The EU Commission has presented three cornerstones of its digital regulation approach in November and December of 2020: the drafts of the Digital Markets Act (DMA), the Digital Services Act (DSA), and the Data Governance Act (DGA). We look at data transactions and focus on four aspects which illustrate much room for advancing the coherence and specificity of the proposed Acts: the specificity of data-related provisions; the role of fair, reasonable and non-discriminatory licensing (‘FRAND’) in the package context; the role of data intermediaries; and the upcoming data act. Our paper not only focuses on diagnosis but also proposes improvements and calls for a more integrated approach.
Lack of Specification of Data-Related Provisions
The proposed DMA assembles a mingle-mangle of data-related obligations which address various regulatory goals. These obligations are of limited responsiveness to differing market contexts and industries, and the Acts leave open many relevant questions which would require further specification. We do not discuss these questions in detail but instead propose a suitable regulatory approach and procedure for specification. Amongst other points, the Commission’s decisions under Art 7(2) DMA, which specifies measures to be implemented by gatekeepers, should not only be limited to violations of Art 6, but also pertain to Art 5. Moreover, measures bilaterally imposed on and implemented by gatekeepers with extensive market power may lead to de facto standards without having taken into account the interests of market participants and the wider public. We favour a bottom-up approach, targeted at a broad range of relevant stakeholders and market contexts. The Commission should pursue a similar approach when drafting implementation orders according to Art 36 DMA, the DMA’s ‘built-in specification provision’. The process of specifying the DMA should be laid out in a sequenced ‘implementation plan’.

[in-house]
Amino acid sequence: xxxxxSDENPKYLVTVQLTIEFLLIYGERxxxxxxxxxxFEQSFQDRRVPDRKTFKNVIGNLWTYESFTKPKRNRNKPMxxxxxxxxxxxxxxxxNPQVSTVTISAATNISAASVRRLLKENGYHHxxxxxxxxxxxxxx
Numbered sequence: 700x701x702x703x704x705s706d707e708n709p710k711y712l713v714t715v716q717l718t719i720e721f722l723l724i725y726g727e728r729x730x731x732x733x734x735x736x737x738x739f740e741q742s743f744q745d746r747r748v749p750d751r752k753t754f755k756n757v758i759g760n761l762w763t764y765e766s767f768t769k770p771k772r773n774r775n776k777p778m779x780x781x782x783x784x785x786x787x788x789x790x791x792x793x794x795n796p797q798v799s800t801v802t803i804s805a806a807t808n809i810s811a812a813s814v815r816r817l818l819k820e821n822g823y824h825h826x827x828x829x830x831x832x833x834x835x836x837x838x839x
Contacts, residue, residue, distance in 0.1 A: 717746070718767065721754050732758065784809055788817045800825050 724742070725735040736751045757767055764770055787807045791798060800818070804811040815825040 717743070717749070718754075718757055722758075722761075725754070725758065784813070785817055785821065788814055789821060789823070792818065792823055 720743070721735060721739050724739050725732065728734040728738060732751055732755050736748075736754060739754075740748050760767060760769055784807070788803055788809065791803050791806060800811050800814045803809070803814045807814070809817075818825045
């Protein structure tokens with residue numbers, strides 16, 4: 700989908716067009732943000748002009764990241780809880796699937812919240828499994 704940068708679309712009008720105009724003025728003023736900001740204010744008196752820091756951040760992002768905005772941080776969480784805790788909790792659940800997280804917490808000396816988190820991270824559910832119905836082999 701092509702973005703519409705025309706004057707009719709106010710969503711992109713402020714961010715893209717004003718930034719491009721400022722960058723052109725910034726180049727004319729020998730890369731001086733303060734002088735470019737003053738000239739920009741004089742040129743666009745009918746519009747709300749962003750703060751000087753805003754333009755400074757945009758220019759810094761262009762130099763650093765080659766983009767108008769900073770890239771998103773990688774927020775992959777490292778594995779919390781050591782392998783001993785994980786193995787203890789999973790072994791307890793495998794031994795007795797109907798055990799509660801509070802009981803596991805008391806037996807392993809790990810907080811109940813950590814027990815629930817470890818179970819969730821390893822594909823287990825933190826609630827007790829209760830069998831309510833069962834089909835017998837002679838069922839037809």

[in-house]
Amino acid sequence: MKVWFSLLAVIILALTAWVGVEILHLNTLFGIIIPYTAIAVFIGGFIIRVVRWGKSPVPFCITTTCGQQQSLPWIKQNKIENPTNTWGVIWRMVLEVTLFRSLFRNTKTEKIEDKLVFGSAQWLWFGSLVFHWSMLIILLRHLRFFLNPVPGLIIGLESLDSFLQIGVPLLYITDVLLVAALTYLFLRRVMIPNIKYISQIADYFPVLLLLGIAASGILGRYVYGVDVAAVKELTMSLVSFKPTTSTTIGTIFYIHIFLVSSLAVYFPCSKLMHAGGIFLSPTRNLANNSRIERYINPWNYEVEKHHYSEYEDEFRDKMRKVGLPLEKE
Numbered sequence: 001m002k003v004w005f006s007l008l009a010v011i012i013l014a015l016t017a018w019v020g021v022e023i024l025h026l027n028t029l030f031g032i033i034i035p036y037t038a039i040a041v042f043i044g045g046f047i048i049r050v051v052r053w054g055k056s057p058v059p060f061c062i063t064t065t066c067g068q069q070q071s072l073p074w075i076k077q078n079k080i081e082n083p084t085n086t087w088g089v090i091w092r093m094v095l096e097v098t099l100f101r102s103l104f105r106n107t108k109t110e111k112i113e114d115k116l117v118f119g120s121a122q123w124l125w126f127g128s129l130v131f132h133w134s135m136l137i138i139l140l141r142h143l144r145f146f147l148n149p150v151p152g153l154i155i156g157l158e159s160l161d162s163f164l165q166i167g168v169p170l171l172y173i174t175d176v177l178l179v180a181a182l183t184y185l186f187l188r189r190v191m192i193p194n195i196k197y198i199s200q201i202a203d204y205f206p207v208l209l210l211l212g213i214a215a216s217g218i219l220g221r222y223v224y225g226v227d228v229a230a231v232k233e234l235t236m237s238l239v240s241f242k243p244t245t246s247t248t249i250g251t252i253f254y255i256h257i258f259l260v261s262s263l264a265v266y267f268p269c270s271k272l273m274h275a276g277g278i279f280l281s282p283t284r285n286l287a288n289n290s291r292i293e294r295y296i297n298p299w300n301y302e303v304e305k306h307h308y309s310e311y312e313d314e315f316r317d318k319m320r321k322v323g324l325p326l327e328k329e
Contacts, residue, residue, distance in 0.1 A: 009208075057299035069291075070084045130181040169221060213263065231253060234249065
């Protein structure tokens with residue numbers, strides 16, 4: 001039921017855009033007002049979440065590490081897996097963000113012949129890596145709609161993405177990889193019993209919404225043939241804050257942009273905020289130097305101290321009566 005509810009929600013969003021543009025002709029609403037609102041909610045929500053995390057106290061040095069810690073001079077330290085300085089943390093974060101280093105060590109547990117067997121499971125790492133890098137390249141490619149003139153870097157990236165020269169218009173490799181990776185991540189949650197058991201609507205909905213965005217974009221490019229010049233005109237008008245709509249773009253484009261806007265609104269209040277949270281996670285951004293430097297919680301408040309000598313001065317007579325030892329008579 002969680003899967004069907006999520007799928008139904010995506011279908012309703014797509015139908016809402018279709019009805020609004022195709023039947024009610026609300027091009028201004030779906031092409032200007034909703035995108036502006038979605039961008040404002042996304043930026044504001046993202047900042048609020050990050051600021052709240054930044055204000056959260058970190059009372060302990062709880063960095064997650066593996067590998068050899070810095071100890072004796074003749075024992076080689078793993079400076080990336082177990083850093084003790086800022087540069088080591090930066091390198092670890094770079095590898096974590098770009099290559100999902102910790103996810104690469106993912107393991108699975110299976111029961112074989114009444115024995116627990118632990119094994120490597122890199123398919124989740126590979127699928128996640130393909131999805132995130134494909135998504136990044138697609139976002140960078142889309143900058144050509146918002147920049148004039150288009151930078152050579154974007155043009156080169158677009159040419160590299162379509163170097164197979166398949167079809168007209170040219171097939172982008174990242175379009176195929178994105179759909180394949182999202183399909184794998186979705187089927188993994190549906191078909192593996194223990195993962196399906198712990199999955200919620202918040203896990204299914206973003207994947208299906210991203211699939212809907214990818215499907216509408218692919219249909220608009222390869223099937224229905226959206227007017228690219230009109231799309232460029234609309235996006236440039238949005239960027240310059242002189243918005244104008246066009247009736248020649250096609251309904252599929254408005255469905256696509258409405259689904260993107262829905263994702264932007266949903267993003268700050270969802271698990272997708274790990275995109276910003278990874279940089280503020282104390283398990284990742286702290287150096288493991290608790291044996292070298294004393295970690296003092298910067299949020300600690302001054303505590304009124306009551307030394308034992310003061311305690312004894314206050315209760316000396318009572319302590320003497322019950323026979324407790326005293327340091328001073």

FRAND in the Package Context
The Acts’ repeated referral to FRAND demonstrates that the legislator regards the concept as an important cornerstone for various transactional settings. However, FRAND-licensing is no sure-fire success, being haunted by hold-up, excessive global litigation, and other problems in the realm of standard-essential patents (SEP). Therefore, the application of FRAND under the package should try to avoid duplicating earlier flaws, eg by developing early-on sets of model conditions for prototypical access transactions, thereby mitigating uncertainty whilst not preventing market mechanisms from shaping license conditions. Early best-practice guidance on the conduct of parties could mitigate litigation over such conduct as seen in the SEP-FRAND-realm. Moreover, regulators should focus on FRAND-supportive institutions. While the Commission and Member States are not well placed to decree details of FRAND early on, data intermediaries can drive the process of making FRAND work in practice by helping to define what content and conduct qualify as FRAND, as well as by implementing such guidance in data transactions. The appropriate legislative structure for implementing FRAND details cannot be the Acts themselves but supplementary state legislation or stakeholder self-regulation.
The Role of Data Intermediaries